I want to create a bootable backup image/clone of my centos7 server "A" having software raid partitions and use this backup to create new servers with same configurations.

my partitions are

--> sda1
----> md120 /
--> sda2
----> md121 swap
--> sda3
----> md122 /boot
--> sda4
----> md123 /var/images

--> sdb1
----> md120 /
--> sdb2
----> md121 swap
--> sdb3
----> md122 /boot
--> sdb4
----> md123 /var/images


I have used dd command to take backup of sda parttion (containing boot and swap, root and /var/images )

dd if=/dev/sda of=/dev/sdc bs=512 conv=noerror,sync

but when i restore the image on another server "B" (bare metal with same configuration) sda partition.

I was hoping that i will automatically boot up the server and raid sync will start on the other sdb drive.

But unfortunately it is not working.

Could anyone please suggest me the way to take backup of software raid partitions. And do i need to take backup of both drive ?


  • I'm not aware of your constraints, but I would strongly suggest that you study the kickstart install method, followed by an ansible playbook to configure your system. You will save time, believe me. – Chaoxiang N Feb 18 '19 at 10:01

Your approach is wrong, first of all an idea to do backup of swap is bad.

Anyway, IIUC you want to have a kind of template for your servers. I would suggest to use kickstart with install option with liveimg parameter - this way you could create an image with all your files which would be "populated" into your new installed server during kickstart-based unattended installation.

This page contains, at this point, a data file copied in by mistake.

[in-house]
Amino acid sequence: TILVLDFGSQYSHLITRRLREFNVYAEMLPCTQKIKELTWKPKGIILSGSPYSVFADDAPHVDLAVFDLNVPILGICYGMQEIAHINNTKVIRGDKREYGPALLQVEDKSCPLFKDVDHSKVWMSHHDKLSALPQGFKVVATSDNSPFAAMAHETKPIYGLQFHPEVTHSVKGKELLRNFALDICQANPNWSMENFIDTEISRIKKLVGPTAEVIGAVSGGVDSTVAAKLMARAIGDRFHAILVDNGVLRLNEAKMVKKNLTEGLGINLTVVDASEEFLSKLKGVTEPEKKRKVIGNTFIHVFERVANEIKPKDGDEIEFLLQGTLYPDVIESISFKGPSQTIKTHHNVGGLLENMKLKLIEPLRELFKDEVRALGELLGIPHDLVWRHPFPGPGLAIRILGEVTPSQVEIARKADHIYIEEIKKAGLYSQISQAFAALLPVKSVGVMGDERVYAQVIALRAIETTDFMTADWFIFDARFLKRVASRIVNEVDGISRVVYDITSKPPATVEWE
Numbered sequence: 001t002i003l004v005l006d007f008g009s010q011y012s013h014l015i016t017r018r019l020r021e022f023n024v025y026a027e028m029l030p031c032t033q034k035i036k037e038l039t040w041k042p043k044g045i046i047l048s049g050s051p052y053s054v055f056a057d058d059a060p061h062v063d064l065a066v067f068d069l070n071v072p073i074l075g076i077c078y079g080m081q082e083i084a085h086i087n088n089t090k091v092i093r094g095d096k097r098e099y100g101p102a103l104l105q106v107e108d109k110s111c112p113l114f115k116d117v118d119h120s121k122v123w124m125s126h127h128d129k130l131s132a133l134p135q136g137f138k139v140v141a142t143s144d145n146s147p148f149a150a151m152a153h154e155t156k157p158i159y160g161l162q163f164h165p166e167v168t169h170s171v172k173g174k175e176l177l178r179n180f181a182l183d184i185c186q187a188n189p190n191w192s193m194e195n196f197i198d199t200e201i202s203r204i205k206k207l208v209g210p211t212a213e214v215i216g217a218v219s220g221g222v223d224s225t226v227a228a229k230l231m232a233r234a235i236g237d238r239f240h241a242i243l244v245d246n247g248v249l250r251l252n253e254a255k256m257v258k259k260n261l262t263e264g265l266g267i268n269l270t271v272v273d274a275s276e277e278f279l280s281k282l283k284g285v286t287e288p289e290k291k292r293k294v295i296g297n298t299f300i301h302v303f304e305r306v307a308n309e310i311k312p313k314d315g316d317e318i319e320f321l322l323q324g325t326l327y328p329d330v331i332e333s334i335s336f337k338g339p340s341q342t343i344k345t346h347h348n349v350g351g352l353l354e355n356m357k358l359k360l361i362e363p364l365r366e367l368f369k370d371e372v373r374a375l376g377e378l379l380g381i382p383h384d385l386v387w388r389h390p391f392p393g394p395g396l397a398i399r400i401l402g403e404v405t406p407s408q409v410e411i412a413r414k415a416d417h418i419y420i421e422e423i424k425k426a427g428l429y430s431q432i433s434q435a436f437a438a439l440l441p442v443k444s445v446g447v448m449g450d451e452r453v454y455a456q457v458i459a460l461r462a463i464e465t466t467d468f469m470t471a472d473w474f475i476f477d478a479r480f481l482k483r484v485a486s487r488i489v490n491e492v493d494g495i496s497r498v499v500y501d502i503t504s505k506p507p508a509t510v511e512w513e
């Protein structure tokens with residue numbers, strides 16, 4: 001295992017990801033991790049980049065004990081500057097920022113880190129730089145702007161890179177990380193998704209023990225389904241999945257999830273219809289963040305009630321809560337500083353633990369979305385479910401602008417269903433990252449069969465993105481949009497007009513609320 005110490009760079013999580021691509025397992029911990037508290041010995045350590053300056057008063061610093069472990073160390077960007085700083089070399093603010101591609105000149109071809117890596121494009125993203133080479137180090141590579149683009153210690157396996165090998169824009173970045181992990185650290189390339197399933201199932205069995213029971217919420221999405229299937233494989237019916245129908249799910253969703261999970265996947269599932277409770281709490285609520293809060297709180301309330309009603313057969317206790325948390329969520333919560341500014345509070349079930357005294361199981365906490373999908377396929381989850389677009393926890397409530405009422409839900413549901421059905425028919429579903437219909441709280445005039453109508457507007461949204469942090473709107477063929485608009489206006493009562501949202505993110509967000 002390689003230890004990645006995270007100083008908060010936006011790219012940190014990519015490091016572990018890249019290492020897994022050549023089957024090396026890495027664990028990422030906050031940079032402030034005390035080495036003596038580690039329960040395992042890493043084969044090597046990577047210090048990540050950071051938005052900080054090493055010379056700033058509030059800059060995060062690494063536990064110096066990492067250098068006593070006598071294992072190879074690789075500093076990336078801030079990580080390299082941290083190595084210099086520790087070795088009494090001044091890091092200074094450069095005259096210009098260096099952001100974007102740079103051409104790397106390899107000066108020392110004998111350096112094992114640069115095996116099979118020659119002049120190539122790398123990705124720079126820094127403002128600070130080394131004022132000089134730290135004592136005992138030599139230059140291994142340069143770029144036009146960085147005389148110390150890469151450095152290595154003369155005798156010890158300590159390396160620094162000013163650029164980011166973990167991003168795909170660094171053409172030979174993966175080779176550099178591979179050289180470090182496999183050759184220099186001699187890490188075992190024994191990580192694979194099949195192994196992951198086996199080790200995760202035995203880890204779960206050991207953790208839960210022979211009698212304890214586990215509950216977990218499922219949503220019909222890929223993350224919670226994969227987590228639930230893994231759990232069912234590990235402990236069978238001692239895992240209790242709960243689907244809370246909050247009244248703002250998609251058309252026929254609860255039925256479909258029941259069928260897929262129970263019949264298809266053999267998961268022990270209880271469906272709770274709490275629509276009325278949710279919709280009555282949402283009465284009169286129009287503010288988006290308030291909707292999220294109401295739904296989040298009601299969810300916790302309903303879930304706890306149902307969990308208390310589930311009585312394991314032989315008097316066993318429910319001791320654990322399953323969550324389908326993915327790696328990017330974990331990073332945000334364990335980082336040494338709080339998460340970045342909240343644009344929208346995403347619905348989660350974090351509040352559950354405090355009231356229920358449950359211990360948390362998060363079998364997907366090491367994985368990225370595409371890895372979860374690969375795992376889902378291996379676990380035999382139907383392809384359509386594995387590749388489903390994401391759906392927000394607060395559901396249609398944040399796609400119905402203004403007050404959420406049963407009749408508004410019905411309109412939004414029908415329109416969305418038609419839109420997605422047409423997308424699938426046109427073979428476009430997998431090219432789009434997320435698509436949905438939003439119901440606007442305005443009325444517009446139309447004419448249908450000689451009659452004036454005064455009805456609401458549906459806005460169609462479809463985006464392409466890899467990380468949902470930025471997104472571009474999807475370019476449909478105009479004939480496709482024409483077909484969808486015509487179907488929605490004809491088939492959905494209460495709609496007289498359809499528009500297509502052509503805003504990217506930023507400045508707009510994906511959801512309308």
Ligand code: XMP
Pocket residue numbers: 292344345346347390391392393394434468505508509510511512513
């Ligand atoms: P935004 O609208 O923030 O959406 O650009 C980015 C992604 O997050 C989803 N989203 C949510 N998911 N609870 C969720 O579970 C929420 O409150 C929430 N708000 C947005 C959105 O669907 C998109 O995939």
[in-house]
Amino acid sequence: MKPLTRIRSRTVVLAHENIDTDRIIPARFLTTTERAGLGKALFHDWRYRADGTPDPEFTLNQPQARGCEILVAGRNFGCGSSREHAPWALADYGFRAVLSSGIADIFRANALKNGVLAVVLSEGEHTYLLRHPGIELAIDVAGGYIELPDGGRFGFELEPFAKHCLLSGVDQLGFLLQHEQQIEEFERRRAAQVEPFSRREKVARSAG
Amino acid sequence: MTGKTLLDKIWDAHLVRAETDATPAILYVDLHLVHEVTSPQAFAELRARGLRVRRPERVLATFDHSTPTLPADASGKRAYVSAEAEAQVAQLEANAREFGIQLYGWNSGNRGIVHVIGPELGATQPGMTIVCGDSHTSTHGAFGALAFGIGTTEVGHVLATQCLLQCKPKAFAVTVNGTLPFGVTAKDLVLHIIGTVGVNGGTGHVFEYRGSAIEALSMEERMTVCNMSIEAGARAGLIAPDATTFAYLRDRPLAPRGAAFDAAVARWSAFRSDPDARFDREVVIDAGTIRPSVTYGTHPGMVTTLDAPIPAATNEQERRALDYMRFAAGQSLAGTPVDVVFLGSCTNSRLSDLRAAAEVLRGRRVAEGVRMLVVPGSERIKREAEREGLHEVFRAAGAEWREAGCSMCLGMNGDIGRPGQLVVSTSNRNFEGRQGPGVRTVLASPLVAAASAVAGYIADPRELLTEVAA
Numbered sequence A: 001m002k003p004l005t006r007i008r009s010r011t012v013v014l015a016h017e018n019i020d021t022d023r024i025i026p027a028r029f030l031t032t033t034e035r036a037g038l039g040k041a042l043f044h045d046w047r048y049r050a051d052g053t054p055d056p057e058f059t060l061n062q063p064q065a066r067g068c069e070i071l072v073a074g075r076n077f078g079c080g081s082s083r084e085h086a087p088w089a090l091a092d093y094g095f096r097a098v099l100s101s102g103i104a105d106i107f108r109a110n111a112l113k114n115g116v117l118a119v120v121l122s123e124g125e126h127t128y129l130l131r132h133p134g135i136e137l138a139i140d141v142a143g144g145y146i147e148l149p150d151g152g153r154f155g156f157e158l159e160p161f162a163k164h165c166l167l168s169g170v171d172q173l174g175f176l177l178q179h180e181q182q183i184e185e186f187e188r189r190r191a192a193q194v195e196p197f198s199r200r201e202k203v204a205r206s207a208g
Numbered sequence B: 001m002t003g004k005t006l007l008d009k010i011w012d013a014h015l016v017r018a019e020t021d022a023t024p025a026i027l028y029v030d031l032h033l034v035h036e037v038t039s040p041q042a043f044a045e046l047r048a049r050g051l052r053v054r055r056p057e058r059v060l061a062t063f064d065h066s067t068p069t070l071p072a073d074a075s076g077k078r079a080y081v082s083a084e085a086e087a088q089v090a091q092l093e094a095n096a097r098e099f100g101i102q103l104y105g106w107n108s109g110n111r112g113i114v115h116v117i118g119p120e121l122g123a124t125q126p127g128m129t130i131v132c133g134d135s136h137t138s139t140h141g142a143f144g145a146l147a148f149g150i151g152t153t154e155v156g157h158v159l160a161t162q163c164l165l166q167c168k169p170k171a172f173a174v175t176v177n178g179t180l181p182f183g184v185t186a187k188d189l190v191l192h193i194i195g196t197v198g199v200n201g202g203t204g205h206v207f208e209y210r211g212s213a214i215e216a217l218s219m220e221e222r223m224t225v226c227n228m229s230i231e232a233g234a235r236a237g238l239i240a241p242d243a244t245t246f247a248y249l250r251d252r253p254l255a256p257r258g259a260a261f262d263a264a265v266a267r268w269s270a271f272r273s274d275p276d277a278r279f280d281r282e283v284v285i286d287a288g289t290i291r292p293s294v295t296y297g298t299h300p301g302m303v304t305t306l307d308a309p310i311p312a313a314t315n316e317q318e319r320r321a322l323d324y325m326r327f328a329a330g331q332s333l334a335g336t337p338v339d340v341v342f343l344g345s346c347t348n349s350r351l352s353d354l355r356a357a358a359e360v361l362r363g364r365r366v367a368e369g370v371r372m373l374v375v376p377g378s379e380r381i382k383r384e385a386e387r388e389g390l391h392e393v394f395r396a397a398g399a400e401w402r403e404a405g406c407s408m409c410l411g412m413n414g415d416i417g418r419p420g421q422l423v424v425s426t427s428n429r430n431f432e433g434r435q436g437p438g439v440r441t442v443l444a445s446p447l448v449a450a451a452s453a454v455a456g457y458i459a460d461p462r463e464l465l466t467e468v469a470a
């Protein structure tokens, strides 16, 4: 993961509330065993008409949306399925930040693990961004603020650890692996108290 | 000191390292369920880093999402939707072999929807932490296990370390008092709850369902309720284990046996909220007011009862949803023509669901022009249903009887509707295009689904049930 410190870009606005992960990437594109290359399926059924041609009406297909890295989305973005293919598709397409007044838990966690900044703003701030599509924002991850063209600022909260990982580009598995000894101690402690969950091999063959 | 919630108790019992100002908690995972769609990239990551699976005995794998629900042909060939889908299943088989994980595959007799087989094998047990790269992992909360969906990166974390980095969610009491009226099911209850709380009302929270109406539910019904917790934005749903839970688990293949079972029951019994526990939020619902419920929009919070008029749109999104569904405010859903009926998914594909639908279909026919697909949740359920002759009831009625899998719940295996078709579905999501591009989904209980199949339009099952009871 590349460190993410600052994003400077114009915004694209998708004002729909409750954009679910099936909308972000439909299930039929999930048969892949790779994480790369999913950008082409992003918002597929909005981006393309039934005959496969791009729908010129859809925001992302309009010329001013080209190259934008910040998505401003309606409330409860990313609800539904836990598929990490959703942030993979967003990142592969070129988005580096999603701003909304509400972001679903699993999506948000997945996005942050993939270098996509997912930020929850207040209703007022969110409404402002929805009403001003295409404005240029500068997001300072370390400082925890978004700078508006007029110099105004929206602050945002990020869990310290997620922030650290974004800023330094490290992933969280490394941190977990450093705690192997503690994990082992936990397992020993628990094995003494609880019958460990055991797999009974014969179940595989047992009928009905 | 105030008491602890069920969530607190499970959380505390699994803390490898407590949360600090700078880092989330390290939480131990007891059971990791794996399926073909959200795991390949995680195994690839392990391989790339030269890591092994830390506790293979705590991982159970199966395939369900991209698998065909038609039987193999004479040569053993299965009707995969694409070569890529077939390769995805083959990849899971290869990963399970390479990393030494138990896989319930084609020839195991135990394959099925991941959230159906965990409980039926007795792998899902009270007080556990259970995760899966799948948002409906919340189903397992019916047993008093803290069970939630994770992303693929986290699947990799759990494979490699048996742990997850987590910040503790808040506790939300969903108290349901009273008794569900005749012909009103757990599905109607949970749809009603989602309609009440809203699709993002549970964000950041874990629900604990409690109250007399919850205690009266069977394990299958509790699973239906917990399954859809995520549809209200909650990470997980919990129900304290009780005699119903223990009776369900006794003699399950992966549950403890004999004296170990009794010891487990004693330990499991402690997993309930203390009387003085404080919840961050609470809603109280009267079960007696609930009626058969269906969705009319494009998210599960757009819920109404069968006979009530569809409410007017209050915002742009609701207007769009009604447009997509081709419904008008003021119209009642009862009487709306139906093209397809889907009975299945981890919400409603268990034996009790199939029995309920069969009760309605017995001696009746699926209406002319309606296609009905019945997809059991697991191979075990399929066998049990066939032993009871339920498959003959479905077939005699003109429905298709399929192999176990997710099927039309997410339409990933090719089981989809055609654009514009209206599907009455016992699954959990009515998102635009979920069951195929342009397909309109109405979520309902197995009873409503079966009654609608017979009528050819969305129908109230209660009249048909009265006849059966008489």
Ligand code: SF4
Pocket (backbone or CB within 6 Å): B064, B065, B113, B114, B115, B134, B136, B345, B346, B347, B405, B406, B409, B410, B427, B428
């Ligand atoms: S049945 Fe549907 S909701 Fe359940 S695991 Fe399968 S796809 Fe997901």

See: https://access.redhat.com/documentation/en-us/red_hat_enterprise_linux/7/html/installation_guide/sect-kickstart-syntax#idm140037269828320

If you do not want to have 100% equal machines, just use kickstart with nfs or url parameter pointing to either public Centos repo or your mirror.

You can create all storage kung-fu in kickstart, see documentation.

  • I agree. IMO is better to create a new empty raid and then copy when the system image you need. – pbacterio Feb 18 '19 at 11:58

To create similar servers with an unattended installation, you should look into kickstart like the other answers suggest.

However, if you want to go the dd way, the idea is to create/restore an image of each RAID device rather than the underlying disks or partitions. You would also have to create an image of the boot/partition area of each disk. To restore the backup, you boot the target system with a "live" Linux system (e.g. http://www.system-rescue-cd.org/), then restore the boot/partition areas, create and assemble the RAID devices and finally restore the backup images to the RAID devices.

Your original approach of creating a full clone of the sda drive could also work (although it's not very efficient). But on the new server you have to manually create the partitions on the 2nd drive and then add them to the RAID arrays to start the re-sync.

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